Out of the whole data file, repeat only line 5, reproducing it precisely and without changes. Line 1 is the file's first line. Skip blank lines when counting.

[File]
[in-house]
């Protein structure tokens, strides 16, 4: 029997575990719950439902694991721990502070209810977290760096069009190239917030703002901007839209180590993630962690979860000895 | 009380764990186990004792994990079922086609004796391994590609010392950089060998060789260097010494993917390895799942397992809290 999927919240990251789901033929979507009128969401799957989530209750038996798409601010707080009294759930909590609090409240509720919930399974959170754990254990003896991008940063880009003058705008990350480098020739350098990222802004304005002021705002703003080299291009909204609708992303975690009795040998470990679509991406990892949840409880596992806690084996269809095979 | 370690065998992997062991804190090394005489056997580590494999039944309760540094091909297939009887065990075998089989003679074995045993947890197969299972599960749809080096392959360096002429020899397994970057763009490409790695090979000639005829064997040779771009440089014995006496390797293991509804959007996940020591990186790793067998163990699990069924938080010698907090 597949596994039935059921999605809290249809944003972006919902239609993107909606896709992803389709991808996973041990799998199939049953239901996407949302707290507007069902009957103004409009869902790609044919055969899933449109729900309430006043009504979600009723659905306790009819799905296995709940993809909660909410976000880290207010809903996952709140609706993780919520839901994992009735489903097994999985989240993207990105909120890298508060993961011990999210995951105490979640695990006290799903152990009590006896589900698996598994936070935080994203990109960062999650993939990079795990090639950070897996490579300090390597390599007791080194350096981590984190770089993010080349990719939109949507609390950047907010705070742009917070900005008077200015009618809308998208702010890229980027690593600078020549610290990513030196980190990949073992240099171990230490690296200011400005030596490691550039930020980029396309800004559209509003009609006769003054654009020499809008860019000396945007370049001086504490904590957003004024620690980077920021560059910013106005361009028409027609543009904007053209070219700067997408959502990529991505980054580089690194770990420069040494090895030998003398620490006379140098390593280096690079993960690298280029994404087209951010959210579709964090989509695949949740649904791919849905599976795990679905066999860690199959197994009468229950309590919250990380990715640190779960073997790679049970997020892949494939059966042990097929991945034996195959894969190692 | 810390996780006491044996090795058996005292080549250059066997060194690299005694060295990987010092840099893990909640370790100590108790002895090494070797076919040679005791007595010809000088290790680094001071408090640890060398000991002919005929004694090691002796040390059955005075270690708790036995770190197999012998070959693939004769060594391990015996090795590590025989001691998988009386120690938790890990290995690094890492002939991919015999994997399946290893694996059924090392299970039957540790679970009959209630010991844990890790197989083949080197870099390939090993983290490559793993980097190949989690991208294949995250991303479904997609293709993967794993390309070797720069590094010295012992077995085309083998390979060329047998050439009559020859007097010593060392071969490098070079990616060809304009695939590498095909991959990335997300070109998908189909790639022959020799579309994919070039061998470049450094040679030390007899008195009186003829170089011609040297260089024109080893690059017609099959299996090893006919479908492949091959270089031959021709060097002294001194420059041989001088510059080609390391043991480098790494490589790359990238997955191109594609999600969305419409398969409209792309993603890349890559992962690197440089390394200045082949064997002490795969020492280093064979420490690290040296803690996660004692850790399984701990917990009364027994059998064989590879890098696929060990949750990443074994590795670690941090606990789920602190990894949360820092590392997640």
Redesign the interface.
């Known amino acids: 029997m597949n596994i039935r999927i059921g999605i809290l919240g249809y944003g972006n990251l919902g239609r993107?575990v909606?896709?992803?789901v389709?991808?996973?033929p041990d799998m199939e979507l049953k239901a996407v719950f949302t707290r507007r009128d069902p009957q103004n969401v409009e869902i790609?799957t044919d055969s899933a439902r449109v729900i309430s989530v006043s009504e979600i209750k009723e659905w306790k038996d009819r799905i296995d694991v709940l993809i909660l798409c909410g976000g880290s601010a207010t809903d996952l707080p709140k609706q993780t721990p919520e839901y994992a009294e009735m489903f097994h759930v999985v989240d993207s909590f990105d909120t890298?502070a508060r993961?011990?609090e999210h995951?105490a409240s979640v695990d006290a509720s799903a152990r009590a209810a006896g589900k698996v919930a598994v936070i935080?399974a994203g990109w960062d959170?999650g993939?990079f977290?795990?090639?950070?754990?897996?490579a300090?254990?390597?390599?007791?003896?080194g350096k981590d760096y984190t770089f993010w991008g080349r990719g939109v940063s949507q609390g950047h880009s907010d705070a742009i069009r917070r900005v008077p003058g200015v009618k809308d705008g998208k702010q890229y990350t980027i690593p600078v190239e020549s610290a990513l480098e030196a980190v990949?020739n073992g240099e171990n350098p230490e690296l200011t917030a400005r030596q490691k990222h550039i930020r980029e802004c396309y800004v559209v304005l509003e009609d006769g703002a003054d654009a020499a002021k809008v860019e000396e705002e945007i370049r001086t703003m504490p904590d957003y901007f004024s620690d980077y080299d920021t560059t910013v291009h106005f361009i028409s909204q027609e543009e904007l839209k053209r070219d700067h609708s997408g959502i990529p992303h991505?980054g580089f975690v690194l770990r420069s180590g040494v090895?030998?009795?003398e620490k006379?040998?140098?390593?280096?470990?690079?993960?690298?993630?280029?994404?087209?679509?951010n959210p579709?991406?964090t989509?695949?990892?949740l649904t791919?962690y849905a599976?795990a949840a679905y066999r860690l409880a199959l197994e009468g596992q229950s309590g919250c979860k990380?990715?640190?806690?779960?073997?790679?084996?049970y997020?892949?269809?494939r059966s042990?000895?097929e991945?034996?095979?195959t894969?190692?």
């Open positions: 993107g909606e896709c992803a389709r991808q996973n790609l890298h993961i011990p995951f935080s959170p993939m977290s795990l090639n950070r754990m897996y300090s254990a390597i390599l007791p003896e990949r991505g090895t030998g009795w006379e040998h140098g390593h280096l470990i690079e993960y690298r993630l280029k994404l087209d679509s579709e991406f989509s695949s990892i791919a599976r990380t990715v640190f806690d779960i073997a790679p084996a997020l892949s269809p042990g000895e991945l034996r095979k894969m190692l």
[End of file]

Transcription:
């Open positions: 993107g909606e896709c992803a389709r991808q996973n790609l890298h993961i011990p995951f935080s959170p993939m977290s795990l090639n950070r754990m897996y300090s254990a390597i390599l007791p003896e990949r991505g090895t030998g009795w006379e040998h140098g390593h280096l470990i690079e993960y690298r993630l280029k994404l087209d679509s579709e991406f989509s695949s990892i791919a599976r990380t990715v640190f806690d779960i073997a790679p084996a997020l892949s269809p042990g000895e991945l034996r095979k894969m190692l």